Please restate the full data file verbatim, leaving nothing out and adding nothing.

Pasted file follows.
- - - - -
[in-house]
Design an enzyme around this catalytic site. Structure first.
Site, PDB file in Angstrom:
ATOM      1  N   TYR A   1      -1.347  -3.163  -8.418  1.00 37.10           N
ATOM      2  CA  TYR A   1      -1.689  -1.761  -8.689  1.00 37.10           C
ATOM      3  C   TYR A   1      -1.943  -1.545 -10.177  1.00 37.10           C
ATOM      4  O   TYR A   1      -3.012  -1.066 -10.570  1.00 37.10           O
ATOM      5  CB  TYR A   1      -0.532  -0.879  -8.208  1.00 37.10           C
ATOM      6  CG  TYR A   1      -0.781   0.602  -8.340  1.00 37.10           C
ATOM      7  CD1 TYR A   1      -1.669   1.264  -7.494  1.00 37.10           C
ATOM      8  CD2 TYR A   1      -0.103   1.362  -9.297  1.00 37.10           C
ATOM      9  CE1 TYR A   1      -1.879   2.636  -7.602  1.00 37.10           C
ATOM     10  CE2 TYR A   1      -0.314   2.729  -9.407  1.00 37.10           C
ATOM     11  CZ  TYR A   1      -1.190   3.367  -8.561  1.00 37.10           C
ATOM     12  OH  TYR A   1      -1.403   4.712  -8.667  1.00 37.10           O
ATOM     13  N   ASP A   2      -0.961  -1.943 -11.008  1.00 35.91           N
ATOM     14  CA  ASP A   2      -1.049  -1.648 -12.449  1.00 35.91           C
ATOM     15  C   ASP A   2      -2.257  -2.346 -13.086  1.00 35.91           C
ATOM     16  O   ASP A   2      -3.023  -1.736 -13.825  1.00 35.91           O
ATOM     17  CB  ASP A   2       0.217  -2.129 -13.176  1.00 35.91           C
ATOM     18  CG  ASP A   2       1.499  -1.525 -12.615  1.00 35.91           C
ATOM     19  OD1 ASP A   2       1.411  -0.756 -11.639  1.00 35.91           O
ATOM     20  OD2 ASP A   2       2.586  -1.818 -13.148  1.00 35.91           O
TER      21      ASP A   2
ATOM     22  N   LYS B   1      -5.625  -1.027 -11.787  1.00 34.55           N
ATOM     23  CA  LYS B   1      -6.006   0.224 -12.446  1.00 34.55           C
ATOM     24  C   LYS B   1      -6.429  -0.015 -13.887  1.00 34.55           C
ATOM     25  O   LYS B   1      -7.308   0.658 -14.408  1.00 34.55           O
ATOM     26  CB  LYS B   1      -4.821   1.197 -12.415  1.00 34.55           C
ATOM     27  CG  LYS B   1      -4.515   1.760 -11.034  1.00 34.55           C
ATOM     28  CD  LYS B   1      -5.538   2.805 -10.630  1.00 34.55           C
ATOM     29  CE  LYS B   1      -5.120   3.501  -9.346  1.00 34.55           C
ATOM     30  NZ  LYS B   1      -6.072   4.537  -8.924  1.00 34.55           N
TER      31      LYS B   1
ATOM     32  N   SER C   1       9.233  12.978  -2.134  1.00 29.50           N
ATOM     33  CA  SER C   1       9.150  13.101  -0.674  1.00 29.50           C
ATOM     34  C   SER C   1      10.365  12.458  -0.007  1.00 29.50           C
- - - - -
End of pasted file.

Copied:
[in-house]
Design an enzyme around this catalytic site. Structure first.
Site, PDB file in Angstrom:
ATOM      1  N   TYR A   1      -1.347  -3.163  -8.418  1.00 37.10           N
ATOM      2  CA  TYR A   1      -1.689  -1.761  -8.689  1.00 37.10           C
ATOM      3  C   TYR A   1      -1.943  -1.545 -10.177  1.00 37.10           C
ATOM      4  O   TYR A   1      -3.012  -1.066 -10.570  1.00 37.10           O
ATOM      5  CB  TYR A   1      -0.532  -0.879  -8.208  1.00 37.10           C
ATOM      6  CG  TYR A   1      -0.781   0.602  -8.340  1.00 37.10           C
ATOM      7  CD1 TYR A   1      -1.669   1.264  -7.494  1.00 37.10           C
ATOM      8  CD2 TYR A   1      -0.103   1.362  -9.297  1.00 37.10           C
ATOM      9  CE1 TYR A   1      -1.879   2.636  -7.602  1.00 37.10           C
ATOM     10  CE2 TYR A   1      -0.314   2.729  -9.407  1.00 37.10           C
ATOM     11  CZ  TYR A   1      -1.190   3.367  -8.561  1.00 37.10           C
ATOM     12  OH  TYR A   1      -1.403   4.712  -8.667  1.00 37.10           O
ATOM     13  N   ASP A   2      -0.961  -1.943 -11.008  1.00 35.91           N
ATOM     14  CA  ASP A   2      -1.049  -1.648 -12.449  1.00 35.91           C
ATOM     15  C   ASP A   2      -2.257  -2.346 -13.086  1.00 35.91           C
ATOM     16  O   ASP A   2      -3.023  -1.736 -13.825  1.00 35.91           O
ATOM     17  CB  ASP A   2       0.217  -2.129 -13.176  1.00 35.91           C
ATOM     18  CG  ASP A   2       1.499  -1.525 -12.615  1.00 35.91           C
ATOM     19  OD1 ASP A   2       1.411  -0.756 -11.639  1.00 35.91           O
ATOM     20  OD2 ASP A   2       2.586  -1.818 -13.148  1.00 35.91           O
TER      21      ASP A   2
ATOM     22  N   LYS B   1      -5.625  -1.027 -11.787  1.00 34.55           N
ATOM     23  CA  LYS B   1      -6.006   0.224 -12.446  1.00 34.55           C
ATOM     24  C   LYS B   1      -6.429  -0.015 -13.887  1.00 34.55           C
ATOM     25  O   LYS B   1      -7.308   0.658 -14.408  1.00 34.55           O
ATOM     26  CB  LYS B   1      -4.821   1.197 -12.415  1.00 34.55           C
ATOM     27  CG  LYS B   1      -4.515   1.760 -11.034  1.00 34.55           C
ATOM     28  CD  LYS B   1      -5.538   2.805 -10.630  1.00 34.55           C
ATOM     29  CE  LYS B   1      -5.120   3.501  -9.346  1.00 34.55           C
ATOM     30  NZ  LYS B   1      -6.072   4.537  -8.924  1.00 34.55           N
TER      31      LYS B   1
ATOM     32  N   SER C   1       9.233  12.978  -2.134  1.00 29.50           N
ATOM     33  CA  SER C   1       9.150  13.101  -0.674  1.00 29.50           C
ATOM     34  C   SER C   1      10.365  12.458  -0.007  1.00 29.50           C